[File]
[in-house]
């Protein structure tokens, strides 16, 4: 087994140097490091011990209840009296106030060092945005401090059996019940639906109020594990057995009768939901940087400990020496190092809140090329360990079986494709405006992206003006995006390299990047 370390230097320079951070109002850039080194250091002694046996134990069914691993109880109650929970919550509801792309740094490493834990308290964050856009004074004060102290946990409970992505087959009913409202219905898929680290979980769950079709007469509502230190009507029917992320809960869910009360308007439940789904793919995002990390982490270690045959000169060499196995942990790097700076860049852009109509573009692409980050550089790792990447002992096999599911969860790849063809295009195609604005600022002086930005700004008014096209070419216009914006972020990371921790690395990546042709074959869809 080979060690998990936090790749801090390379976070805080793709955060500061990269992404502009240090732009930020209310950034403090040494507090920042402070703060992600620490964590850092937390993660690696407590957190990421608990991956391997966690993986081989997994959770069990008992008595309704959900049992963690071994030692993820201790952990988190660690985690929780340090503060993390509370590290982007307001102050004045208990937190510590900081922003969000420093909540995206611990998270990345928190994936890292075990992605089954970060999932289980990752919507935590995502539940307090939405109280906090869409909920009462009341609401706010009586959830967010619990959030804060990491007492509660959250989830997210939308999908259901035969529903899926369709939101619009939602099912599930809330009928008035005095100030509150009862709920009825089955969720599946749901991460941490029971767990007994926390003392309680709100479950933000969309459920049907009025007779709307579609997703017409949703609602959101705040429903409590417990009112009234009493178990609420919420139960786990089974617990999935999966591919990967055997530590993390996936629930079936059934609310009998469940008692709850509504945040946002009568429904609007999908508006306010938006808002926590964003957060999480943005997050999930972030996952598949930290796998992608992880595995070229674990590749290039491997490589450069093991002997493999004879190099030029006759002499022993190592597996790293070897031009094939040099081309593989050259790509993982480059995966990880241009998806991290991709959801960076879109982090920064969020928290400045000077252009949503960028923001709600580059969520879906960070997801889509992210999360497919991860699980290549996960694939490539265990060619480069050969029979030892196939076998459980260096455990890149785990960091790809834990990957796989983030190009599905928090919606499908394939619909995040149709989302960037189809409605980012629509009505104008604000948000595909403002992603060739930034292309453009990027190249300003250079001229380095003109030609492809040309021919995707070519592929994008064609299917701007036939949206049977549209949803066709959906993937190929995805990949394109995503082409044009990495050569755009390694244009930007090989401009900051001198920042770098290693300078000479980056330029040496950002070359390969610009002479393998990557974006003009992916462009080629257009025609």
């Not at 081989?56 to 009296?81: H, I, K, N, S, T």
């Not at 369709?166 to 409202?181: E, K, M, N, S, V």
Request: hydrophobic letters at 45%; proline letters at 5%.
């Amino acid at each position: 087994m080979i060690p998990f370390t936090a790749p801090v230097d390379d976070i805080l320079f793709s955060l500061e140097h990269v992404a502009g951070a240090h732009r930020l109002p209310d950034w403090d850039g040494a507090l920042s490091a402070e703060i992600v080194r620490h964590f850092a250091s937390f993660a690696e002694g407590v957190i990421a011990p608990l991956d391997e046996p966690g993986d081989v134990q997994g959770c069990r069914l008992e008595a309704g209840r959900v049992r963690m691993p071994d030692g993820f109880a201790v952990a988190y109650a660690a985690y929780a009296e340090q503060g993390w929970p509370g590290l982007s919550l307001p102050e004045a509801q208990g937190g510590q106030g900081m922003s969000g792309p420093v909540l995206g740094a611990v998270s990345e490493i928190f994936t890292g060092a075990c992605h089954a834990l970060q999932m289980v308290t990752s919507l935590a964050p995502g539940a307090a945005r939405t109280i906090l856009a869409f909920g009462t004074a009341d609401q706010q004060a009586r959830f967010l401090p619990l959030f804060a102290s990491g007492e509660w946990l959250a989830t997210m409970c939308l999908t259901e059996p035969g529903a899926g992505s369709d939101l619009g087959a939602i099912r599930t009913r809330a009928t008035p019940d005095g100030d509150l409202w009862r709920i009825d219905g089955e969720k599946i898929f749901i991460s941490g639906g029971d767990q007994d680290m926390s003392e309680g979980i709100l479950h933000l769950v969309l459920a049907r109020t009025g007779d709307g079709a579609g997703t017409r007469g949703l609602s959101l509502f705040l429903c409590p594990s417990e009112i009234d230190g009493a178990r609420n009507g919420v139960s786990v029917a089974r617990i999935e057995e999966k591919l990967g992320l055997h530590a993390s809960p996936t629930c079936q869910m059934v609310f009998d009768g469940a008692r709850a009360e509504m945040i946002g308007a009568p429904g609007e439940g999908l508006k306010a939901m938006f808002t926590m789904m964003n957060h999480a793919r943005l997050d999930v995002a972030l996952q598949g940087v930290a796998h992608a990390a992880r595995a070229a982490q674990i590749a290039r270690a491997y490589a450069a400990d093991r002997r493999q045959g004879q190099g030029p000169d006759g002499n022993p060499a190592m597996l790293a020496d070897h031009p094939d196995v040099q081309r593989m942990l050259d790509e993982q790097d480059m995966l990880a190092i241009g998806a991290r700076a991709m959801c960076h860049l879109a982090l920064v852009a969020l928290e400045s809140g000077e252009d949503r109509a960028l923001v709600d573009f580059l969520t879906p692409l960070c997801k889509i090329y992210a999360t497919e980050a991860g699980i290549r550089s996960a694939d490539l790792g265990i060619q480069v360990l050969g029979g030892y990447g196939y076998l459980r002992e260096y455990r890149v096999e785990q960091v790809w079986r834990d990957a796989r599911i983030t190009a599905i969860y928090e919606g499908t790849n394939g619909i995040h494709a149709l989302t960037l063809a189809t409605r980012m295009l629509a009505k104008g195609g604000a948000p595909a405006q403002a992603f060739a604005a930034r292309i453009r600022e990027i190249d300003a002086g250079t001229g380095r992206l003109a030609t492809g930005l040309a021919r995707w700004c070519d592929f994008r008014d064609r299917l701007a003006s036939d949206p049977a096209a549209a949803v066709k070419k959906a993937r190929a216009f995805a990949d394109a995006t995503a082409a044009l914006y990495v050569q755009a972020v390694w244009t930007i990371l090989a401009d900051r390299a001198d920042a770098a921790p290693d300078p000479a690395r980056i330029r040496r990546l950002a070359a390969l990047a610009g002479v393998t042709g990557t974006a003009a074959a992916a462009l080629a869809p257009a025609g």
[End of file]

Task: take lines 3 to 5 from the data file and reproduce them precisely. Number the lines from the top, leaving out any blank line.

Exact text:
């Not at 081989?56 to 009296?81: H, I, K, N, S, T």
């Not at 369709?166 to 409202?181: E, K, M, N, S, V």
Request: hydrophobic letters at 45%; proline letters at 5%.